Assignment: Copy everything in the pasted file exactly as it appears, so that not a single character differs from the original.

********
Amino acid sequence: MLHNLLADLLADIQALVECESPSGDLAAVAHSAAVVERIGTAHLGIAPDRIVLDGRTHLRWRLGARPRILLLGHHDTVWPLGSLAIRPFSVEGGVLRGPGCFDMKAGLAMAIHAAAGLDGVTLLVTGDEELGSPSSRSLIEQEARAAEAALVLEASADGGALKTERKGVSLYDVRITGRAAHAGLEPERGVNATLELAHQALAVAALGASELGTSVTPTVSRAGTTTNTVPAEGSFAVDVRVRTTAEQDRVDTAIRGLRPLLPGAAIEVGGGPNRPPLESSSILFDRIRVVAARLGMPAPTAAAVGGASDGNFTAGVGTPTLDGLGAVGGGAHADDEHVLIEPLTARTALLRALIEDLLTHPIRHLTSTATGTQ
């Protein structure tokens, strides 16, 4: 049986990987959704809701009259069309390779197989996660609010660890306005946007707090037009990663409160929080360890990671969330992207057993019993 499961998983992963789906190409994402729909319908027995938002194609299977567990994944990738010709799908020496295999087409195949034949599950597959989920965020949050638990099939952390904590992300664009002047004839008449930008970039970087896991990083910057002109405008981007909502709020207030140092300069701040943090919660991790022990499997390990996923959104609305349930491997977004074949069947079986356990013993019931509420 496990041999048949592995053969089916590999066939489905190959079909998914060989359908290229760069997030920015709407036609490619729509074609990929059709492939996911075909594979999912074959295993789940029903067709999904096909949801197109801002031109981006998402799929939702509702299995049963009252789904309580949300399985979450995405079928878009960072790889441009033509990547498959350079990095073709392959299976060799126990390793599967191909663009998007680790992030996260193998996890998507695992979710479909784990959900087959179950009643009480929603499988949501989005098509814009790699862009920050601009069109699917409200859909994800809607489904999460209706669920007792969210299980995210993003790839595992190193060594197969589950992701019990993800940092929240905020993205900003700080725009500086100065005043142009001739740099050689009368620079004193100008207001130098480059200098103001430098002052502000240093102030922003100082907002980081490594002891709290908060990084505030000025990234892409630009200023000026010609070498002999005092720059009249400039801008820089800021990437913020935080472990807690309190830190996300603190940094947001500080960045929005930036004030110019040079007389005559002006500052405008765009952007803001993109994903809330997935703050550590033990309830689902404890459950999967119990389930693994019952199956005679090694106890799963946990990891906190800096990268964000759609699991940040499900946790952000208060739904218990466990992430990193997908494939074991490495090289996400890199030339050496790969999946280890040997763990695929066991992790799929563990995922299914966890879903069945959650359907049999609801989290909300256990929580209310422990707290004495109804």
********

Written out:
Amino acid sequence: MLHNLLADLLADIQALVECESPSGDLAAVAHSAAVVERIGTAHLGIAPDRIVLDGRTHLRWRLGARPRILLLGHHDTVWPLGSLAIRPFSVEGGVLRGPGCFDMKAGLAMAIHAAAGLDGVTLLVTGDEELGSPSSRSLIEQEARAAEAALVLEASADGGALKTERKGVSLYDVRITGRAAHAGLEPERGVNATLELAHQALAVAALGASELGTSVTPTVSRAGTTTNTVPAEGSFAVDVRVRTTAEQDRVDTAIRGLRPLLPGAAIEVGGGPNRPPLESSSILFDRIRVVAARLGMPAPTAAAVGGASDGNFTAGVGTPTLDGLGAVGGGAHADDEHVLIEPLTARTALLRALIEDLLTHPIRHLTSTATGTQ
């Protein structure tokens, strides 16, 4: 049986990987959704809701009259069309390779197989996660609010660890306005946007707090037009990663409160929080360890990671969330992207057993019993 499961998983992963789906190409994402729909319908027995938002194609299977567990994944990738010709799908020496295999087409195949034949599950597959989920965020949050638990099939952390904590992300664009002047004839008449930008970039970087896991990083910057002109405008981007909502709020207030140092300069701040943090919660991790022990499997390990996923959104609305349930491997977004074949069947079986356990013993019931509420 496990041999048949592995053969089916590999066939489905190959079909998914060989359908290229760069997030920015709407036609490619729509074609990929059709492939996911075909594979999912074959295993789940029903067709999904096909949801197109801002031109981006998402799929939702509702299995049963009252789904309580949300399985979450995405079928878009960072790889441009033509990547498959350079990095073709392959299976060799126990390793599967191909663009998007680790992030996260193998996890998507695992979710479909784990959900087959179950009643009480929603499988949501989005098509814009790699862009920050601009069109699917409200859909994800809607489904999460209706669920007792969210299980995210993003790839595992190193060594197969589950992701019990993800940092929240905020993205900003700080725009500086100065005043142009001739740099050689009368620079004193100008207001130098480059200098103001430098002052502000240093102030922003100082907002980081490594002891709290908060990084505030000025990234892409630009200023000026010609070498002999005092720059009249400039801008820089800021990437913020935080472990807690309190830190996300603190940094947001500080960045929005930036004030110019040079007389005559002006500052405008765009952007803001993109994903809330997935703050550590033990309830689902404890459950999967119990389930693994019952199956005679090694106890799963946990990891906190800096990268964000759609699991940040499900946790952000208060739904218990466990992430990193997908494939074991490495090289996400890199030339050496790969999946280890040997763990695929066991992790799929563990995922299914966890879903069945959650359907049999609801989290909300256990929580209310422990707290004495109804």